1 hunk of ginger, thumb-sized or to your liking
a big handful of cilantro, leaves and stems
1/2 t. cumin or 1 t. cumin seeds
1/2 t. coriander seeds or 1 t. coriander
a pinch of cayenne (or fresh chile if you have it)
3 T. fish sauce (or soy sauce)
a third of a can of coconut milk

Whir all that up in a food processor or blender until its very smooth. Add a little more coconut milk if it gets to too thick and sticks to the sides of the bowl.

To make the curry, simmer the curry paste for a few minutes, then add chicken, shrimp, or tofu and the rest of the can of coconut milk. Simmer until your protein of choice is cooked, then add vegies of your choice. I used red bell pepper for contrast, along with sugar snap peas and asparagus. I served it on black rice, which is known for having more protein than other rices. The individual grains have the unfortunate appearance of rat poop, especially when uncooked. This is disconcerting when you find them on the counter, until you remember what they really are.


Monday, September 5, 2011

Provençal soupe au pistou

Looking over my past few posts, I see a trend--a trend that has probably led to my high cholesterol. Oh, the numbers. My total is 235 with the bad cholesterol at 143. Ouch.

Thus the need to find recipes that feature more vegetables and beans and less fat and refined carbs. So, no ice cream or banana cake for a while.

But I love this soup and can live without the goodies when food is this beautiful. The bright green of the zucchini and green beans was achieved by blanching them first and adding them to the soup at the last minute. The pistou on top was a product of the neighbor's basil-based generosity.

The recipe for Provençal soupe au pistou came from Martha Rose Shulman's Ready when you are: A compendium of comforting one-dish meals. 

Sunday, July 31, 2011

Catching Up

Real life has been getting in the way of my hobbies, which is why I haven't posted in a while. I will attempt to impress you with my productivity by posting several things that I have made recently that I happen to have pictures of.

Chocolate Ice Cream from David Lebovitz's Perfect Scoop. A custard-based ice cream with cocoa and semisweet chocolate, I found this smooth and not overly sweet. I've used the same base to make coffee ice cream as well.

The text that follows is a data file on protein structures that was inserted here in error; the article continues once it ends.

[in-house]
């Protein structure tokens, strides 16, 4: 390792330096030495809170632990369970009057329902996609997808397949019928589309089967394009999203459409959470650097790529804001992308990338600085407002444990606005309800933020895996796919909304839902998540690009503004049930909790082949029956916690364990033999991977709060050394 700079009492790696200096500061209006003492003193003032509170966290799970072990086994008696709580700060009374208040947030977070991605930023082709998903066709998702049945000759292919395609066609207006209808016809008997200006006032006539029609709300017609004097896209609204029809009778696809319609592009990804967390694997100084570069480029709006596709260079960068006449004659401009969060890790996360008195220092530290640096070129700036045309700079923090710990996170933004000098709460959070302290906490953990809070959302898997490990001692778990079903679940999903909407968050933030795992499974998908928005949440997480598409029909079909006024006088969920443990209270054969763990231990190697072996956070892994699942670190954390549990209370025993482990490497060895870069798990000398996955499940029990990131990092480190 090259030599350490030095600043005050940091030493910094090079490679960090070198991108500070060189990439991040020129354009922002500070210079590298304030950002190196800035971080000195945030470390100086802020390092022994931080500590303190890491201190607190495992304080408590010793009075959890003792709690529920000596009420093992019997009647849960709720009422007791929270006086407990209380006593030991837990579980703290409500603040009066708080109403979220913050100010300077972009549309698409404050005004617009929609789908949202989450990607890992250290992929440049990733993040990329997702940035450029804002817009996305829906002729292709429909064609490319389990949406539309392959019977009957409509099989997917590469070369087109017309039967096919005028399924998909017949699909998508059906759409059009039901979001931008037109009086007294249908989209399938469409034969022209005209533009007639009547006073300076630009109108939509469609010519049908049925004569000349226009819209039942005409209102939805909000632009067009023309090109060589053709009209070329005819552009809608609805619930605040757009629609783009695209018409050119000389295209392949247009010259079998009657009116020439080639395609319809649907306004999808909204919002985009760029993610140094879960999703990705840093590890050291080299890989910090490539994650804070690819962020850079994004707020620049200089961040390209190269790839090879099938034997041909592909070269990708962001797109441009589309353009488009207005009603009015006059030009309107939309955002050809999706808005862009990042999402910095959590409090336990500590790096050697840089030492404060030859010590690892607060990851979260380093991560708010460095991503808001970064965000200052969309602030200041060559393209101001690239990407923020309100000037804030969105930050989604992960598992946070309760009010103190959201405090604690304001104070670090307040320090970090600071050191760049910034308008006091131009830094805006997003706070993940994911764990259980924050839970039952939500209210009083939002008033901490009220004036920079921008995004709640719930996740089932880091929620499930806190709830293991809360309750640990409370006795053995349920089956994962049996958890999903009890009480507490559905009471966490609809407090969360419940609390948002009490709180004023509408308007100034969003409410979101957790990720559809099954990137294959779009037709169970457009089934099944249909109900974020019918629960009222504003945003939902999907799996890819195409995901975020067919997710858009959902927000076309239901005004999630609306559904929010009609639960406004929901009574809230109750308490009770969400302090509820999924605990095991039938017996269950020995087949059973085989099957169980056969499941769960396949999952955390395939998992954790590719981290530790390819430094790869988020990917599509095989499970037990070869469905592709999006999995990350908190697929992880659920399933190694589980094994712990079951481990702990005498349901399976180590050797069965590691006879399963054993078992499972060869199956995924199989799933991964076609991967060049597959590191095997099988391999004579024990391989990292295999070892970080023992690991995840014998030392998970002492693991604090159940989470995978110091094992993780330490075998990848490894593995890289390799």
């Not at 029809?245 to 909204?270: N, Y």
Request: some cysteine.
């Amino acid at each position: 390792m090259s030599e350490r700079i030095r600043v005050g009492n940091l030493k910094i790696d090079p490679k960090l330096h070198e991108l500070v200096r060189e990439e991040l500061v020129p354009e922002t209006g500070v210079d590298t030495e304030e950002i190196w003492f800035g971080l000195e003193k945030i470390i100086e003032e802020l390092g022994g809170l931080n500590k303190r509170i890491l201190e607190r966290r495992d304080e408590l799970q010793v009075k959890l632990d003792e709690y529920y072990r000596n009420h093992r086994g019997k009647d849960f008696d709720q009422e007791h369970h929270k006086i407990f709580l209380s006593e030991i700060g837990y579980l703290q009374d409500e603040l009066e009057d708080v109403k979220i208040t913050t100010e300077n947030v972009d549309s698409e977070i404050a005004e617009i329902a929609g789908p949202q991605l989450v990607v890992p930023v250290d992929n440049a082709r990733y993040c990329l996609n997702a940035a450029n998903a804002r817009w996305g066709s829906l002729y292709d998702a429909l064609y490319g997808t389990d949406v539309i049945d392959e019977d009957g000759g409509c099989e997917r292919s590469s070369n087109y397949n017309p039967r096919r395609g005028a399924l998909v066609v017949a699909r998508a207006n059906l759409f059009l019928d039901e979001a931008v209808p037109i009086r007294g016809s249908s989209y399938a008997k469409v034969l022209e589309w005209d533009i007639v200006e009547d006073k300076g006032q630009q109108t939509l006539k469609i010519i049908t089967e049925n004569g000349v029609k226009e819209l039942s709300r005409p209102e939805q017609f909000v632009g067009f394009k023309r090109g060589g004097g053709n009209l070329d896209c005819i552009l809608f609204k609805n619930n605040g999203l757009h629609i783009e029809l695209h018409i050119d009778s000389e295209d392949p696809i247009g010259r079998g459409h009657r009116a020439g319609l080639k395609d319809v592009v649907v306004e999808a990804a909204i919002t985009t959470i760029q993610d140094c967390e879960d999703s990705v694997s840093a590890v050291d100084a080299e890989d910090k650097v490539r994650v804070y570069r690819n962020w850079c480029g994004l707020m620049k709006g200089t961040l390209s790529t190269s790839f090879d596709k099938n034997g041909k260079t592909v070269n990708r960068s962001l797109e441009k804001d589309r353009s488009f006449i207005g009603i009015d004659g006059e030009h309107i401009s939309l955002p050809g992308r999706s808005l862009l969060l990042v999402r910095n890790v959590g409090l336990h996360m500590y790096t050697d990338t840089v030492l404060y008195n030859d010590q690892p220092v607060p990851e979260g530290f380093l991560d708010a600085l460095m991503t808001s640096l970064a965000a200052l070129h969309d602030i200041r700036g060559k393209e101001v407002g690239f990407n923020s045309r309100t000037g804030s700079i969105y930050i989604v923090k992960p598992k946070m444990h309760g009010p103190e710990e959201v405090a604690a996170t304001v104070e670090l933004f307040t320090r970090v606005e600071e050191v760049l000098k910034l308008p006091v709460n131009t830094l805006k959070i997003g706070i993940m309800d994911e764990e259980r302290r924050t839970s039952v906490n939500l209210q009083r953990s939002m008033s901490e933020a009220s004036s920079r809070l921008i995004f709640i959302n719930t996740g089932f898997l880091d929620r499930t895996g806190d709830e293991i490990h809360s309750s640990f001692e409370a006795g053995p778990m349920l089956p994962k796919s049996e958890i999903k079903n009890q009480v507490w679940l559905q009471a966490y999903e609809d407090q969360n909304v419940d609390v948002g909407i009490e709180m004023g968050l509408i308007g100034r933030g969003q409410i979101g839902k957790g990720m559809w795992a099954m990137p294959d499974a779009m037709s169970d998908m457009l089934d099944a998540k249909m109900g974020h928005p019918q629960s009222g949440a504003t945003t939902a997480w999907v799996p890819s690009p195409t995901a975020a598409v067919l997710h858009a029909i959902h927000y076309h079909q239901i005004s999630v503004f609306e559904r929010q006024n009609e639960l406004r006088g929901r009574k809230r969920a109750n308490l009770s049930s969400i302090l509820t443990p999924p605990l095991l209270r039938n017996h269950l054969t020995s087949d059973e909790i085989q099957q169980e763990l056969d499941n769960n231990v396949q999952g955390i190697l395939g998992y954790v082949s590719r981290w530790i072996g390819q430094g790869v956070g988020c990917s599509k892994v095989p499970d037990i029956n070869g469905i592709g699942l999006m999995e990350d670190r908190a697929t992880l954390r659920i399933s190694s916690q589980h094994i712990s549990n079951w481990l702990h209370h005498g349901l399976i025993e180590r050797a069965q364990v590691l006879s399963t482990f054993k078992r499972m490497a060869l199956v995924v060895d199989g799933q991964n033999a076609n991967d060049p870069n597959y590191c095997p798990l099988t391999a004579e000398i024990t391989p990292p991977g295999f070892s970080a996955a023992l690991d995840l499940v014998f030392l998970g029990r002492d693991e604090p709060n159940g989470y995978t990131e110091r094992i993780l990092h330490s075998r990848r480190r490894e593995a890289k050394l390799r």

I made this foccacia after watching America's Test Kitchen. Their recipe starts with a biga, which allows good flavor to develop. You don't knead the dough at all, just fold it, which allows the dough to stay light. They don't include any oil in the recipe, which was surprising, but they have you generously oil the cake pans they're baked in and that turns out to be just the right amount.

Banana Cake from Dorie Greenspan's Baking: From My Home to Yours. Great crumb, great flavor, not greasy. What else is there to say? I have more bananas stockpiled in the freezer. If the cool-ish weather holds, I'll make some more soon.

Chard and Goat Cheese Torte adapted from Rose Shulman's recipe for Spinach Ricotta Torte in Mediterranean Harvest. I used locally made goat cheese and chard from our CSA. The photo shows the refrigerated leftovers, so perhaps it doesn't look as appetizing as it could...

Sunday, June 19, 2011

Oven-Roasted Pulled Pork and Western North Carolina-style Barbecue Sauce

Turns out that I just love pork, which puts to rest all my former pretensions toward vegetarianism. Go ahead. Snicker.

During the last two years, going home to TN/NC requires at least one visit to a great barbecue place. My first forays into the indigenous cuisine were at The Ridgewood (this links to a video that will give a sense of the ambiance of The Ridgewood) and Dixie, where you can get an Alabama white barbecue sauce that is my favorite at Dixie (which sports no less than 6 to choose from).

Just last week I was visiting my parents and got to have great barbecue twice--once at Phil's Dream Pit in Kingport, TN and once at Little Pigs Barbecue in Asheville, NC. Real barbecue requires hickory smoking, which I could never replicate at home, but I thought I would give oven roasting a try. I bought a hunk of pork shoulder, which for some folkloric (I'm sure) reason is actually called Boston butt. Using the Joy of Cooking (75th anniversary edition) as a reference point, I made a dry rub with chili powder, paprika, cumin, garlic salt, and brown sugar. I let that permeate the meat for a couple of hours. Then I seared the meat in olive oil in a large cast iron dutch oven, which then went into the oven for about 2 1/2 hours at 325 degrees. The result was tender and flavorful, if not smoky. But then, I can't always taste the smoke in genuine pit-smoked pork.


The sauce was inspired by two of the sauces I tasted recently. I wanted it to be sufficiently vinegary, but not thin. I wanted the tomato base, but mustard too. Here's the sauce recipe, approximately:
1/2 cup ketchup
2 T. brown sugar
2 T. grainy brown mustard
3/4 cup apple cider vinegar
2 T. smoked paprika
2 T. chili powder
1 t. cumin
1 T. soy sauce
1 T. fish sauce
1 T. olive oil
a splash or two of hot sauce

The trick, really, is to keep tasting it until it tastes right to you. Goes well with a nice Zinfandel, which you can't get at Phil's Dream Pit!